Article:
Sixth and final in a series on Intercollegiate Athletics.
Texas is home to 25 Division I athletics programs ranging in size from Texas A&M University (big) to Houston Baptist University (small). Nine football teams compete at the Football Championship Subdivision (FCS) level. In addition, there are five NCAA Division II programs in Texas with football teams. If reimagined, a single conference comprised of FCS Texas institutions is possible. It would position Texas as a leader in intercollegiate athletics while driving greater economic impact on the communities where the members are located. Rethinking responsive intercollegiate athletics should start at home. Not every state is large and diverse enough to sustain its’ own athletic conference. Texas is.
The NCAA is in a state of change, driven by economics and misguided agendas that do not sit well with most Texans. The behemoth organization has become focused on its corporate objectives, which rarely place students and member institutions at the forefront of its decisions. One solution for Texas? A comprehensive, statewide organization of intercollegiate athletics that functions as a reasonable and thoughtful governing body. With the caliber of Texas college athletics among the best in the country, such an organization could also attract even more outstanding students to our state. Research shows that many students who move from afar for study remain at or near that place of study for the rest of their lives. They put down roots while contributing to civic purpose and economic development.
A Texas Athletic Conference (TAC), aligned with the mission and purpose of higher education in Texas, would instill in student-athletes and institutions a commitment to academics first coupled with athletic excellence, in that order, and a competitive environment that fosters state pride and academic achievement.
A “Texas only league” could create a vibrant statewide athletic conference. Some combination of FCS and Division II schools in Texas could consider TAC membership in service to students, institutions and the state. Such a mid-level association guided by the public and private institutions of higher learning in Texas has value. Nestled between the big, Power Five, nationally guided athletic conferences and the more locally driven Division II and III conferences, the TAC could be profoundly important for promoting state identity and values. Coupling lower costs and greater accessibility is attractive to clear-headed leaders and followers alike. A positive and contemporary response to the foundation of Texas as expressed in Section 1 of the State Constitution: Texas is a free and independent State, subject only to the Constitution of the United States, and the maintenance of our free institutions and the perpetuity of the Union depend upon the preservation of the right of local self‑government, unimpaired to all the States. From the Statehouse to the gridiron, the diamond or any competition court may seem like a big step. Is it an overreach? We think not.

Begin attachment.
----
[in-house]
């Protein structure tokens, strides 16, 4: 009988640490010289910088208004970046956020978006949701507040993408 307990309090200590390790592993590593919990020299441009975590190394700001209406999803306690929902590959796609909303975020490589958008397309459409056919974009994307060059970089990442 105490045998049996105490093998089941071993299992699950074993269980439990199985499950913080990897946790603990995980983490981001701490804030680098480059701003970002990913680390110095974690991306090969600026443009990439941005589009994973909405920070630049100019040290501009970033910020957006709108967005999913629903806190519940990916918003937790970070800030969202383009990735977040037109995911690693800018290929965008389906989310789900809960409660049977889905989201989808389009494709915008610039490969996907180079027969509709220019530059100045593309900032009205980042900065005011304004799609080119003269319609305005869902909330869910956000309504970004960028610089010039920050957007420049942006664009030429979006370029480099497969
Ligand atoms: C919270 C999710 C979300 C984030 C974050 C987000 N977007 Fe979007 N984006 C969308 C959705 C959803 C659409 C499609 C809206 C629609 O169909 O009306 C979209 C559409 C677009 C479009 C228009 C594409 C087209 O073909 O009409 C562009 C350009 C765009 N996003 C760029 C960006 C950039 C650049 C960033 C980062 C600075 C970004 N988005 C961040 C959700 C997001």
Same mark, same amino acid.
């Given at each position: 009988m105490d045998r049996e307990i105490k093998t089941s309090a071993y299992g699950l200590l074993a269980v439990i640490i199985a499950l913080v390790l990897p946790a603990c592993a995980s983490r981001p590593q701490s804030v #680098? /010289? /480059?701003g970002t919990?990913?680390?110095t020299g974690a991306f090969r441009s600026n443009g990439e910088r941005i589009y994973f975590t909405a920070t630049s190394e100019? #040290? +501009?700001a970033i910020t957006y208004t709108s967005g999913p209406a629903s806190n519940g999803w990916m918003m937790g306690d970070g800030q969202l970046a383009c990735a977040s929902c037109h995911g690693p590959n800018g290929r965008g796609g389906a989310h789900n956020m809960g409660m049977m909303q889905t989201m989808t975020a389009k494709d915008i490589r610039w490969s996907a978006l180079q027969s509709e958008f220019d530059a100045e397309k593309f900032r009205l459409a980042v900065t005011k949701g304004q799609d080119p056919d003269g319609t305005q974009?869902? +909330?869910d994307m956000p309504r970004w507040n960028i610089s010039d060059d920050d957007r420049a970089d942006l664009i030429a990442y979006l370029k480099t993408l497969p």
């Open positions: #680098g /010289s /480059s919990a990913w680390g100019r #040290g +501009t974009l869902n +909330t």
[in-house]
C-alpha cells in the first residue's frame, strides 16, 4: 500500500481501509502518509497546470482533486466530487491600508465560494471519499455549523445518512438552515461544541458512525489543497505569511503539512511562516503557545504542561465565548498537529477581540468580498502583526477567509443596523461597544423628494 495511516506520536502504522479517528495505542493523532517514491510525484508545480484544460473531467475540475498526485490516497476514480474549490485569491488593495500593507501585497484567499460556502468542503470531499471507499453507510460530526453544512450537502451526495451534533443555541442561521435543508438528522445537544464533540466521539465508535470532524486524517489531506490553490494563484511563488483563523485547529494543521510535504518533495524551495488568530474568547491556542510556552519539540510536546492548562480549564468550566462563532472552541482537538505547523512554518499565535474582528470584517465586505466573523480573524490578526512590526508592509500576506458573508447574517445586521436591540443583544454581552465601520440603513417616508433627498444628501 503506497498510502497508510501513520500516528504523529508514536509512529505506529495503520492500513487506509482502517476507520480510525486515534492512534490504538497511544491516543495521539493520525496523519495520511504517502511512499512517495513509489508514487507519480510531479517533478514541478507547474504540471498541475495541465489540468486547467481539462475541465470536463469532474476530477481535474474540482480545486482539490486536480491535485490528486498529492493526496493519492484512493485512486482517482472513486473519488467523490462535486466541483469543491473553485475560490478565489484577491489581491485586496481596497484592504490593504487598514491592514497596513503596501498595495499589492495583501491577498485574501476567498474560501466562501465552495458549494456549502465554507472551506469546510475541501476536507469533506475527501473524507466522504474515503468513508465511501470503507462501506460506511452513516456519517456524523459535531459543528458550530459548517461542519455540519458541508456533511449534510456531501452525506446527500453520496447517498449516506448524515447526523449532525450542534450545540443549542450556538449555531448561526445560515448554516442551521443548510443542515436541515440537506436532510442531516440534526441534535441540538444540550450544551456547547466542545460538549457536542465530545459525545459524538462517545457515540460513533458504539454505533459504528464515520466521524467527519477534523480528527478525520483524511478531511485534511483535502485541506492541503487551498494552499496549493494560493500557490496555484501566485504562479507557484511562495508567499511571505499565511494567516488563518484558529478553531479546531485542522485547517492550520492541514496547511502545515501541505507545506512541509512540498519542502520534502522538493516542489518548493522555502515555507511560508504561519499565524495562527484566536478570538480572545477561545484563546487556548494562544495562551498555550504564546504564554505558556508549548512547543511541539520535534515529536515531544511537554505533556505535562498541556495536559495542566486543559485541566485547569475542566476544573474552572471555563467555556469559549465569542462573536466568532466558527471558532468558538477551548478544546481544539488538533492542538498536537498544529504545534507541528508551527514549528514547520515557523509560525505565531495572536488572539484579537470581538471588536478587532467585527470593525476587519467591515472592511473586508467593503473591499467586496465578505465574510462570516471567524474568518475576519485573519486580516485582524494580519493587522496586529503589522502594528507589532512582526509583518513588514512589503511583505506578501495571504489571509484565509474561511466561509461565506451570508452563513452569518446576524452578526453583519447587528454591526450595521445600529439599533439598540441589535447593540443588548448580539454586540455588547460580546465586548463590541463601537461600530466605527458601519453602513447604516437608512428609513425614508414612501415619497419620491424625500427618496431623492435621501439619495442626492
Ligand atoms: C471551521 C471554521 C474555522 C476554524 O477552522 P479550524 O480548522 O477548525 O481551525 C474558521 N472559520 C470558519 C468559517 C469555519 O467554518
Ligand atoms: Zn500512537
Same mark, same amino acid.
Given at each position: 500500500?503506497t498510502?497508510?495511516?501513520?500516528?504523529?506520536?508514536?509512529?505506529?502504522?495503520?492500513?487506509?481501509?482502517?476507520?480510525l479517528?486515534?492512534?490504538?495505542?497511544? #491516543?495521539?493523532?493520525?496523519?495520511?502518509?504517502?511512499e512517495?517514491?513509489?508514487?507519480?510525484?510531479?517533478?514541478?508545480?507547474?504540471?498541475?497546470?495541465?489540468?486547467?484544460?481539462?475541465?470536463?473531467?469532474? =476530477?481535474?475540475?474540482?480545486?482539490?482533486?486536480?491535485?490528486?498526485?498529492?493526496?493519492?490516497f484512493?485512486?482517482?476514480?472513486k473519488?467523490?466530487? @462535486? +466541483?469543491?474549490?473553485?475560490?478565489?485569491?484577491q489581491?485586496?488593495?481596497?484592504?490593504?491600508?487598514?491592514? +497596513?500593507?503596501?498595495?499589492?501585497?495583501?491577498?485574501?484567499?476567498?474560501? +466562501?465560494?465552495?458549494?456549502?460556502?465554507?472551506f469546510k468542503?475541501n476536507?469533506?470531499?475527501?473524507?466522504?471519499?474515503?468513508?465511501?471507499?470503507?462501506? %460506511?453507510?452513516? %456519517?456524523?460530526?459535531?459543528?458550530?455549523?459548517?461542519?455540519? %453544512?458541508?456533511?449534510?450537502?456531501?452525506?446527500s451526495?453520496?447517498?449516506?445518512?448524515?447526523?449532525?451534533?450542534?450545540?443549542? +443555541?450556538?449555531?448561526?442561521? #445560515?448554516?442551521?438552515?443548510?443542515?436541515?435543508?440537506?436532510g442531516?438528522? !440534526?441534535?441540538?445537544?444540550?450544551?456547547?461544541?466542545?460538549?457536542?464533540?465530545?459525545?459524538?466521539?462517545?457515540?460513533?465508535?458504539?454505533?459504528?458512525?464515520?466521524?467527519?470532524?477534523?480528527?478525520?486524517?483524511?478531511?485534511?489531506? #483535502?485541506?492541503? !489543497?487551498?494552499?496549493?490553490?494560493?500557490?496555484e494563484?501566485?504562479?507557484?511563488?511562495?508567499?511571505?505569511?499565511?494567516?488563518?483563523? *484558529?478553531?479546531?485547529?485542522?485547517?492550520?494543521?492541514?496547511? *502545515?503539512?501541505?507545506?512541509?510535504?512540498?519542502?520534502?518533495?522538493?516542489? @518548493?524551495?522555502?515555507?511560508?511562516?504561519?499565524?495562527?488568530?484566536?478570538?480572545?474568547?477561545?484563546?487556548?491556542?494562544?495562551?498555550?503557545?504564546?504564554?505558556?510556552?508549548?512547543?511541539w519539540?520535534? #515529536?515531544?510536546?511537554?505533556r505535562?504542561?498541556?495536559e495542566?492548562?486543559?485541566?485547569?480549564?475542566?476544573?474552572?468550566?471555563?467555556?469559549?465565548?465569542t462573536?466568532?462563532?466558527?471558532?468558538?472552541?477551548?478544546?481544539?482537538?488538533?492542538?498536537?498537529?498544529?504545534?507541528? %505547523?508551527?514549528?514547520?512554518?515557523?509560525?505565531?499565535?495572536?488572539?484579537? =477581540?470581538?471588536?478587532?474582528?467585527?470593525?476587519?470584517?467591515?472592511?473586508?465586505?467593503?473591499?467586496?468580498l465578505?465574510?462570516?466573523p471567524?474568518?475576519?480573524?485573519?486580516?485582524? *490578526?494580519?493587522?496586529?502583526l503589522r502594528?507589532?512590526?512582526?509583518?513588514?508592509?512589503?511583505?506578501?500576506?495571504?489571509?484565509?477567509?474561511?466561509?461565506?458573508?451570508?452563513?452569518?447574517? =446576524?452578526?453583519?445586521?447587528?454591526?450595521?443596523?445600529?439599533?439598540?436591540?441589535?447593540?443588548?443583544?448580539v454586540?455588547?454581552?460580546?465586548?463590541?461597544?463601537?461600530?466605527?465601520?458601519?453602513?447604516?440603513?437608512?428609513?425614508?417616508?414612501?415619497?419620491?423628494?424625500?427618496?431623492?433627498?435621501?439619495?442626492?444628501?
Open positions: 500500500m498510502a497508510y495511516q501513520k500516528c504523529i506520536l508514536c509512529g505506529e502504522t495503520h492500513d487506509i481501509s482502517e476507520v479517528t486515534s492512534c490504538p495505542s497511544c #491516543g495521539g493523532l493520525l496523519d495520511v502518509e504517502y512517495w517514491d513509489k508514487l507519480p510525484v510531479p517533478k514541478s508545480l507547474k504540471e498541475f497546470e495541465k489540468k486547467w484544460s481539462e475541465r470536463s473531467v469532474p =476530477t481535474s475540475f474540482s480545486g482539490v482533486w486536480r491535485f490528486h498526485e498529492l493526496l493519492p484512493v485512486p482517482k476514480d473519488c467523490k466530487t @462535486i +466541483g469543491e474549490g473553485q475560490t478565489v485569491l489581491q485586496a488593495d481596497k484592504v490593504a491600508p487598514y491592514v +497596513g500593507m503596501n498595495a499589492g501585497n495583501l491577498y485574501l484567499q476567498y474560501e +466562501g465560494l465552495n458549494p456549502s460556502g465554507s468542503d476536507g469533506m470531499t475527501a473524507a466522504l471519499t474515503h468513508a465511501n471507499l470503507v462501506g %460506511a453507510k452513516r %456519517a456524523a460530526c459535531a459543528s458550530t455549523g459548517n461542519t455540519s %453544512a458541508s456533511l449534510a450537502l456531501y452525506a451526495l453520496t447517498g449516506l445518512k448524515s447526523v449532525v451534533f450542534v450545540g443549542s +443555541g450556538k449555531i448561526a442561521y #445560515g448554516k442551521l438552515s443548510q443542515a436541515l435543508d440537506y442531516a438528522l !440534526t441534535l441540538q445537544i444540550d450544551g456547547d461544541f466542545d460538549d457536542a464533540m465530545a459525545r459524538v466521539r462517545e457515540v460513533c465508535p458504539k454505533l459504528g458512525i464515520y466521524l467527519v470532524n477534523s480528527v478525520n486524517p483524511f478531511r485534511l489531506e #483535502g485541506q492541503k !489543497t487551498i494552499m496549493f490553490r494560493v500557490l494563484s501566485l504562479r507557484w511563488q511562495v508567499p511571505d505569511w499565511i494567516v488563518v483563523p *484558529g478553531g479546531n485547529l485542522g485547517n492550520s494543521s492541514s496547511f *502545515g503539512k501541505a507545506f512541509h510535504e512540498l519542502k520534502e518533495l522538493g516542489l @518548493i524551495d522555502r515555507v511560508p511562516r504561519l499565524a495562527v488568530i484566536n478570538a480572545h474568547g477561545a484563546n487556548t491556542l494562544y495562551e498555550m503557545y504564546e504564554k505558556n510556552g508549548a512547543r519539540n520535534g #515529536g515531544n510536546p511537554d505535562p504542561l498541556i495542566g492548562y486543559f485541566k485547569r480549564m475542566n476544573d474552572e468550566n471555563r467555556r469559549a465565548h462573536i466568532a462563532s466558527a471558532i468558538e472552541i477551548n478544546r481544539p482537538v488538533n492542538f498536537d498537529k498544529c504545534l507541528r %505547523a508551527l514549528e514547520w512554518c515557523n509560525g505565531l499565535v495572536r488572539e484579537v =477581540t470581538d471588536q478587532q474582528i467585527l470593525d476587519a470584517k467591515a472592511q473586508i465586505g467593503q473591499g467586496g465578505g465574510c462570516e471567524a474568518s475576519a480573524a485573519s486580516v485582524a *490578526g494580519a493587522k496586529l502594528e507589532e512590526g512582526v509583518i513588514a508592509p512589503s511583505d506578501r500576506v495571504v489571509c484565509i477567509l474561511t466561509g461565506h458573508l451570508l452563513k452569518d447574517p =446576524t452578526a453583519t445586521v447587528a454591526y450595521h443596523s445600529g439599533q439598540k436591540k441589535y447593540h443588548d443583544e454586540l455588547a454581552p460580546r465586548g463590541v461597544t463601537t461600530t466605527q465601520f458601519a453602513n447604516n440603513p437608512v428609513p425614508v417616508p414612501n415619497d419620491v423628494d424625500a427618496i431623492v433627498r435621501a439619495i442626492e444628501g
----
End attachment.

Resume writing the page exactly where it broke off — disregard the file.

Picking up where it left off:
And, there would be symmetry in this Texas collection of colleges, as all schools in the conference would play football. Many students would be well served to study and compete in Texas. Keeping the best in Texas supports several positive advantages. Encouraging students from elsewhere to be part of our state is a positive step, as men and women sympathetic to “The Texas Way” come to study. Again, our state constitution proclaims it clearly: “The faith of the people of Texas stands pledged to the preservation of a republican form of government…” Individuals committed to such actions contribute to our future when pursuing an education, a life’s work and personal and civic experiences here.
Spending associated with intercollegiate athletics competitions would stay in Texas. Imagine a TAC championship held at the Alamodome. We believe that Texans’ “patriotic” nature will increase travel and support for both students and institutions. In a TAC, every championship in every sport could award a “Governors Cup” annually, the best in Texas. Such recognition instills Texas pride in both students and institution and a competitive spirit that is the embodiment of Texas culture.
The TAC might create competitiveness for travel that would reduce the costs to individual institutions through statewide contracts for Texas intercollegiate athletics, Texas students and Texas communities. The TAC could become a national model for an intelligently conceived, thoughtfully administered, student and institution friendly, regionally responsive and appropriately competitive intercollegiate athletics environment. Such a statewide conference could reduce the number of scholarships allowed, reducing the costs for all schools and encouraging the development of other scholarship opportunities to support students who happen to be student-athletes. This could be the economic and academic “sweet spot” for intercollegiate athletics.
Deep in the heart of Texas.
Walter V. Wendler is President of West Texas A&M University. His weekly columns are available at https://walterwendler.com/.
Michael McBroom is Director of Intercollegiate Athletics at West Texas A&M University